Private equity firms TPG and Carlyle won a bidding war for Australian hospital owner Healthscope Ltd , agreeing to pay $1.73 billion in the country's largest buyout deal since 2007.
Kohlberg Kravis Roberts & Co was trumped by a higher-than-expected offer by TPG and Carlyle following last-minute negotiations at the weekend with Healthscope, Australia's second-largest hospital operator after Ramsay Health Care
U.S.-based TPG and Carlyle offered A$6.26 a share or A$1.99 billion ($1.73 billion). The higher-than-expected premium sent Healthscope shares 10 percent higher on Monday and highlighted growing offshore interest in Australian healthcare.
The health care sector is hotly sought after for growth in Australia, where the population is expanding and aging, and the government is pushing patients to use private healthcare.
While analysts said the offer was strong, Healthscope's biggest investment management shareholder was cautious.
It's great that what was an idea has become a formal offer, but we're not there yet, said Roger Collison, head of research at Tyndall Investment Management, which owns a 7.9 percent stake.
He said Tyndall would want to see an independent expert's report and Healthscope's annual results before it makes a decision on the offer. While the bidders had access to Healthscope's second-half results, investors would have to wait until they are released in a few weeks, he said.
We don't have that information. So for us to say this is a fantastic offer or this is a lousy offer, we're operating on an uneven playing field at the moment, said Collison.
Healthscope's 43 hospitals represent 15 percent of Australia's private hospital market, and has the country's third-largest pathology business.
Australian healthcare spending rose 9 percent to more than A$100 billion a year in 2007-08, according to government figures.
Healthscope is not the only sought after company in Australia's healthcare sector.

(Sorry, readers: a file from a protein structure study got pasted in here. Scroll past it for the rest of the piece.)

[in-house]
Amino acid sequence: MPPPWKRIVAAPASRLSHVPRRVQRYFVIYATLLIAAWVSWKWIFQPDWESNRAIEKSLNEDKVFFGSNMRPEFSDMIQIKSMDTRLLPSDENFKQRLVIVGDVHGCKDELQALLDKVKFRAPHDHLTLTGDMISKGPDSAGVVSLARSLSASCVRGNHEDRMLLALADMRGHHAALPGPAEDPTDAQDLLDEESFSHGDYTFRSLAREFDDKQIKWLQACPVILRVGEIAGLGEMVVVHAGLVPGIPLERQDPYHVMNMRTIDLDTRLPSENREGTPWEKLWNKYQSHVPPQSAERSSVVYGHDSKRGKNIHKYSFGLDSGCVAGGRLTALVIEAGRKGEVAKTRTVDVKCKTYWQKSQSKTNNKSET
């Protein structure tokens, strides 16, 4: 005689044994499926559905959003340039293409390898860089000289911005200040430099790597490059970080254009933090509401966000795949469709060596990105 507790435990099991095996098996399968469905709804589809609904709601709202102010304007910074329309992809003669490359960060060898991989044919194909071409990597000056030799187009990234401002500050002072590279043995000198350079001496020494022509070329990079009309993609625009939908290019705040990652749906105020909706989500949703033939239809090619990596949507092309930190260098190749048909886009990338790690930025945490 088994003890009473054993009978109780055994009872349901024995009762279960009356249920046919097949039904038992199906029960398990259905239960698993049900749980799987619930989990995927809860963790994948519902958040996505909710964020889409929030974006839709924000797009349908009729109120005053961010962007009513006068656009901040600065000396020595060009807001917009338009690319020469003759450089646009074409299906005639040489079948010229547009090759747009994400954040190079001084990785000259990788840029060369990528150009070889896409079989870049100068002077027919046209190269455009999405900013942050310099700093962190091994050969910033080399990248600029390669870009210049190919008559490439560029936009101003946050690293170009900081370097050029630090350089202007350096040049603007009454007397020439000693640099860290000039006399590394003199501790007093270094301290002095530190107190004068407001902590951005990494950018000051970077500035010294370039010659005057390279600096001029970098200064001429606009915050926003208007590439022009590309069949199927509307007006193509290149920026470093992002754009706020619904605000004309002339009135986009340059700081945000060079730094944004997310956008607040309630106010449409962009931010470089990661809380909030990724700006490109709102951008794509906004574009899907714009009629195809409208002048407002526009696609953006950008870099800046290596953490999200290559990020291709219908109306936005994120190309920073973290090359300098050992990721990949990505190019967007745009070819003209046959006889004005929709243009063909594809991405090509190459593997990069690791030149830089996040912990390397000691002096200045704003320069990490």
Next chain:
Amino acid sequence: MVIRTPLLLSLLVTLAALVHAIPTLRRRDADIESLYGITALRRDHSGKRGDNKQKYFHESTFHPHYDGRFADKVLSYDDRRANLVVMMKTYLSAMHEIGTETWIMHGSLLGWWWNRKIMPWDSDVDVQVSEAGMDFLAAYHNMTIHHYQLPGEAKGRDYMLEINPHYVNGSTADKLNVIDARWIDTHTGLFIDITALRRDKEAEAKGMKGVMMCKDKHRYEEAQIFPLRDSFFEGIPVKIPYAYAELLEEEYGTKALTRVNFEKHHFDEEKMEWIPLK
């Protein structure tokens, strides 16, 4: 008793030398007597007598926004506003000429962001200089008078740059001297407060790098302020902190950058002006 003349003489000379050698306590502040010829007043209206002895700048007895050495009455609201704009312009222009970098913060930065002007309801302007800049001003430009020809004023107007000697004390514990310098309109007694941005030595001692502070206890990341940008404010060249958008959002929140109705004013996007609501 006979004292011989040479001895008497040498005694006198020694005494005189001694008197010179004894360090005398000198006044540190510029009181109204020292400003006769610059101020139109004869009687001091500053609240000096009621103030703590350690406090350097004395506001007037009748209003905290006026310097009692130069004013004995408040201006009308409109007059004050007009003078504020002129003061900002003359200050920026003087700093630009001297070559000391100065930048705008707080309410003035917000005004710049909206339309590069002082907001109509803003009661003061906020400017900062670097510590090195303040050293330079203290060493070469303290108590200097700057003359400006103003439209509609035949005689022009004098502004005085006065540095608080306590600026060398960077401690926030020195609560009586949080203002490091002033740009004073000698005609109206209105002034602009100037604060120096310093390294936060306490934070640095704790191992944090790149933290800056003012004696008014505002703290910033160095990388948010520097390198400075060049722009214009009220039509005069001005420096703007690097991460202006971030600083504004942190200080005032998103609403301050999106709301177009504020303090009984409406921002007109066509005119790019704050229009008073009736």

Australia's Sigma Pharmaceuticals has received three bids for some of its drugs businesses as it seeks an improved offer from South Africa's Aspen Pharmacare , according to a newspaper report on Monday.
In Asia, bidders are also fighting over Singapore hospital operator Parkway , which has attracted competing offers from Malaysian state investor Khazanah and India's Fortis Healthcare .
The Healthscope buyout is the first major private equity deal in Australia since 2007, before the global financial crisis and surge in funding costs stifled activity.
While KKR's final offer was only a couple of cents lower, the buyout firm was not expected to come back with another approach following an exhaustive two-month bidding process, according to two sources familiar with the deal.
We wish the company well in the future and commend Board, management and its advisors in their handling of the process, a KKR spokesman said on Monday.
The TPG-Carlyle offer was a 16 percent premium to Healthscope's close on Friday and 39 percent above the share price in May, before Healthscope first said it had been approached.
Healthscope shares closed 10 percent firmer at A$5.94 in a broader market <.AXJO> down 1.5 percent.
The deal is conditional on 75 per cent shareholder approval, court and Foreign Investment Review Board approval. It is expected to be concluded in October.
A person close to the deal said TPG had no immediate plans to break up Healthscope and would retain the existing management.
KKR in May lodged an indicative bid at A$5.80 a share, while TPG and Carlyle lifted an earlier bid to A$5.75 a share in May. At one stage five of the world's biggest private equity firms were vying for control of Healthscope.
Blackstone Group LP pulled out of the TPG consortium last week. KKR was in talks with CVC Asia Pacific about a joint bid but later decided to go it alone.
US-based Tenet Healthcare Corp also made an indicative bid in May but later pulled out of the process.
Healthscope said the bid, including debt, valued the company at A$2.7 billion.
George Clapham, head of equities at Arnhem Investment Management said at 19 times earnings and 11 times earnings before interest, tax, depreciation and amortization (EBITDA) it was not as big a price as some healthcare takeovers, but with uncertainty surrounding the profitability of Healthscope's pathology arm the offer was reasonable.
The offer for Healthscope compares with private hospital operator Ramsay, trading at around 17 times earnings and 9 times EBITDA, he said, before Ramsay jumped 3 percent on Monday.
Local media reports said the debt component of the offer was about A$1.3 billion and that TPG had bought about 3 percent of Healthscope shares before making its initial approach.
One source said TPG also had an advantage as it locked 17 banks into its lending syndicate. The source declined to be named as they were not authorized to speak to the media.
Goldman Sachs JBWere and Lazard advised Healthscope on the deal. Macquarie , Deutsche Bank, Credit Suisse , UBS, Barclays and Bank of America Merrill Lynch advised the TPG and Caryle consortium.
(Additional reporting by Sonali Paul in Melbourne, Editing by Ed Davies and Dhara Ranasinghe)